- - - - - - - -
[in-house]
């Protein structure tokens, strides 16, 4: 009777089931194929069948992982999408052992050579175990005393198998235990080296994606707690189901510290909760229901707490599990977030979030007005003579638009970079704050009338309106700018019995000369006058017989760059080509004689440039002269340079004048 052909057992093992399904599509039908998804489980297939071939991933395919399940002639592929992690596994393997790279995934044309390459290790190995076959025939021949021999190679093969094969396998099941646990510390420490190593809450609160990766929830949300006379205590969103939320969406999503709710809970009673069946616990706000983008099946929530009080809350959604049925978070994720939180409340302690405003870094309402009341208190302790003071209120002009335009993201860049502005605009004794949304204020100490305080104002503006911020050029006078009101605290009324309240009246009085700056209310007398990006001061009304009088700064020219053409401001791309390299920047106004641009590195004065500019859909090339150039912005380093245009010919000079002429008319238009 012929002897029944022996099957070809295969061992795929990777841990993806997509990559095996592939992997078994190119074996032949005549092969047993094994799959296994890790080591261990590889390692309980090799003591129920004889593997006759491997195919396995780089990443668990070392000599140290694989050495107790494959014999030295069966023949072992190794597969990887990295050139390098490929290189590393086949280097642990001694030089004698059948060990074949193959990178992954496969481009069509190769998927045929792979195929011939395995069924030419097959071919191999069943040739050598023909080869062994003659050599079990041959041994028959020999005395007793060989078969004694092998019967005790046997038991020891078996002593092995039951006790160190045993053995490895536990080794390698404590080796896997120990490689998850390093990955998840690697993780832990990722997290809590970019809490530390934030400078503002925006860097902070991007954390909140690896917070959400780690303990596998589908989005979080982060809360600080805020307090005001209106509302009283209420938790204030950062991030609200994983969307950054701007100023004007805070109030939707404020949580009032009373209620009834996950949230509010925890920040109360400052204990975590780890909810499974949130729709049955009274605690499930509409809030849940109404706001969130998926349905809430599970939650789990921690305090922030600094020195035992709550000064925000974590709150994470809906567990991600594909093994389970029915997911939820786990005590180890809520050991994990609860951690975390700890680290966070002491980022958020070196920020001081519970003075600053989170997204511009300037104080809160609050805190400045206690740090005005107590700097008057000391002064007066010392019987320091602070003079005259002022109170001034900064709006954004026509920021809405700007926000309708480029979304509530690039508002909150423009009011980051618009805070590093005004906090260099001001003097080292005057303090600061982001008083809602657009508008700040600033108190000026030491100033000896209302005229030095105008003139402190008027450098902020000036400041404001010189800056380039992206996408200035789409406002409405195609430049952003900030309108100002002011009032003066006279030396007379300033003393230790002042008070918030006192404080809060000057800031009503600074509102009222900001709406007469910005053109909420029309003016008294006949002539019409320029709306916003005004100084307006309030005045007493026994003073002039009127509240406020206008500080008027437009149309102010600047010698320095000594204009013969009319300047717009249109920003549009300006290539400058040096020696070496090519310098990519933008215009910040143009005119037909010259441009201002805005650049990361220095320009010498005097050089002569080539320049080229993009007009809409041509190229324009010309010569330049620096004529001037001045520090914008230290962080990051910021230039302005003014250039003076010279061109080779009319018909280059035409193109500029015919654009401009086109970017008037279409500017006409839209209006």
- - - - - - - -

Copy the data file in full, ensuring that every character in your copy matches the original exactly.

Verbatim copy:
[in-house]
């Protein structure tokens, strides 16, 4: 009777089931194929069948992982999408052992050579175990005393198998235990080296994606707690189901510290909760229901707490599990977030979030007005003579638009970079704050009338309106700018019995000369006058017989760059080509004689440039002269340079004048 052909057992093992399904599509039908998804489980297939071939991933395919399940002639592929992690596994393997790279995934044309390459290790190995076959025939021949021999190679093969094969396998099941646990510390420490190593809450609160990766929830949300006379205590969103939320969406999503709710809970009673069946616990706000983008099946929530009080809350959604049925978070994720939180409340302690405003870094309402009341208190302790003071209120002009335009993201860049502005605009004794949304204020100490305080104002503006911020050029006078009101605290009324309240009246009085700056209310007398990006001061009304009088700064020219053409401001791309390299920047106004641009590195004065500019859909090339150039912005380093245009010919000079002429008319238009 012929002897029944022996099957070809295969061992795929990777841990993806997509990559095996592939992997078994190119074996032949005549092969047993094994799959296994890790080591261990590889390692309980090799003591129920004889593997006759491997195919396995780089990443668990070392000599140290694989050495107790494959014999030295069966023949072992190794597969990887990295050139390098490929290189590393086949280097642990001694030089004698059948060990074949193959990178992954496969481009069509190769998927045929792979195929011939395995069924030419097959071919191999069943040739050598023909080869062994003659050599079990041959041994028959020999005395007793060989078969004694092998019967005790046997038991020891078996002593092995039951006790160190045993053995490895536990080794390698404590080796896997120990490689998850390093990955998840690697993780832990990722997290809590970019809490530390934030400078503002925006860097902070991007954390909140690896917070959400780690303990596998589908989005979080982060809360600080805020307090005001209106509302009283209420938790204030950062991030609200994983969307950054701007100023004007805070109030939707404020949580009032009373209620009834996950949230509010925890920040109360400052204990975590780890909810499974949130729709049955009274605690499930509409809030849940109404706001969130998926349905809430599970939650789990921690305090922030600094020195035992709550000064925000974590709150994470809906567990991600594909093994389970029915997911939820786990005590180890809520050991994990609860951690975390700890680290966070002491980022958020070196920020001081519970003075600053989170997204511009300037104080809160609050805190400045206690740090005005107590700097008057000391002064007066010392019987320091602070003079005259002022109170001034900064709006954004026509920021809405700007926000309708480029979304509530690039508002909150423009009011980051618009805070590093005004906090260099001001003097080292005057303090600061982001008083809602657009508008700040600033108190000026030491100033000896209302005229030095105008003139402190008027450098902020000036400041404001010189800056380039992206996408200035789409406002409405195609430049952003900030309108100002002011009032003066006279030396007379300033003393230790002042008070918030006192404080809060000057800031009503600074509102009222900001709406007469910005053109909420029309003016008294006949002539019409320029709306916003005004100084307006309030005045007493026994003073002039009127509240406020206008500080008027437009149309102010600047010698320095000594204009013969009319300047717009249109920003549009300006290539400058040096020696070496090519310098990519933008215009910040143009005119037909010259441009201002805005650049990361220095320009010498005097050089002569080539320049080229993009007009809409041509190229324009010309010569330049620096004529001037001045520090914008230290962080990051910021230039302005003014250039003076010279061109080779009319018909280059035409193109500029015919654009401009086109970017008037279409500017006409839209209006």